Here in the U.S., it's tax time, leading many of us to resolve to keep better financial records in the future. If you run Mac OS X, Linux, or any of the "traditional Unixes" such as Solaris, HP-UX, AIX, etc., it's worth taking a look at GnuCash, a cost-free and open source accounting application. GnuCash is very similar to the proprietary accounting software Quicken, produced by Intuit. Of special interest to international readers is that GnuCash supports on-line banking for Germany through the Home Banking Computer Information protocol. Documentation is available in English, French, Portuguese and Spanish, and the menus and pop-ups are localized for 21 languages.
If you'd like to use GnuCash to maintain your business accounts, the easiest option is to use its druid (the "helper" that some other software companies refer to as a "wizard.") to set up a standard checkbook for a small business. This includes the basic accounts that most of us use: income, plus expenses like office supplies, utilities, postage, etc. You can also easily delete accounts that you don't use, or add accounts that you need for things like paying subcontractors if you have them. If you're migrating from an existing accounting program, GnuCash supports import of Quicken files in .qif format.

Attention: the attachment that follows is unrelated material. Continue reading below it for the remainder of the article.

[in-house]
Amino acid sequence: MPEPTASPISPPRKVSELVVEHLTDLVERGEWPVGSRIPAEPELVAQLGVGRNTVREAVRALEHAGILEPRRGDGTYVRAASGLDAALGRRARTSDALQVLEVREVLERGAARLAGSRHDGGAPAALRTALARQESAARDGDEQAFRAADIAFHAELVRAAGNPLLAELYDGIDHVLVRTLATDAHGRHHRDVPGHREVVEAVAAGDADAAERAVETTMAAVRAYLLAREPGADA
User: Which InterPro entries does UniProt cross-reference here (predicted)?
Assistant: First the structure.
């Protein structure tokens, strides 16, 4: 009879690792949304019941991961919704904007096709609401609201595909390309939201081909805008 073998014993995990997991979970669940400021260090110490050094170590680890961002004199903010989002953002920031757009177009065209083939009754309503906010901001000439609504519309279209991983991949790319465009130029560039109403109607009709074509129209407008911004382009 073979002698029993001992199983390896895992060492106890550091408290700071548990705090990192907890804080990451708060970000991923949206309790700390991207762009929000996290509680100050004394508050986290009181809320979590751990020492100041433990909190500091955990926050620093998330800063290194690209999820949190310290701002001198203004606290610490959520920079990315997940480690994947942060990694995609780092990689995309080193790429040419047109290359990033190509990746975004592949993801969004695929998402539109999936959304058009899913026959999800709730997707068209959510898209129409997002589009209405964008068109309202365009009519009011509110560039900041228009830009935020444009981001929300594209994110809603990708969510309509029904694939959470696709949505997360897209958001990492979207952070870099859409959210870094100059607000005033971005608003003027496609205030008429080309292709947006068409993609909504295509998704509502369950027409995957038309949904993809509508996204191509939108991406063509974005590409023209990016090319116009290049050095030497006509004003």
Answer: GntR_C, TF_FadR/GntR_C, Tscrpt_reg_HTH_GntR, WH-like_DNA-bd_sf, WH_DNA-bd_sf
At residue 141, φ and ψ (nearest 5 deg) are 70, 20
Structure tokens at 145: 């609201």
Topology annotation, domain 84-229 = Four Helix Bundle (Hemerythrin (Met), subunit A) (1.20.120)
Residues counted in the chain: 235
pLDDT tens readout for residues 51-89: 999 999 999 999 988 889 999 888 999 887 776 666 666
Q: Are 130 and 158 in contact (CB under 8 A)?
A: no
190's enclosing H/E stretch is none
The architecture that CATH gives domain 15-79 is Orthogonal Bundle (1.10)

For many freelancers, a plain old spreadsheet works fine for simple financial record keeping. Still, besides being free, GnuCash offers some great convenience features. Among these is the Scheduled Transaction, whereby you can, for example, tell GnuCash to automatically enter the cost of your Internet access on the first of every month, or remind you to pay your utility bills on the 20th of every month. You can also use more sophisticated features like combining double-entry and equity accounts to generate things like Profit and Loss reports. Visit GnuCash's website for more information on software dependencies and installation!
By Corinne McKay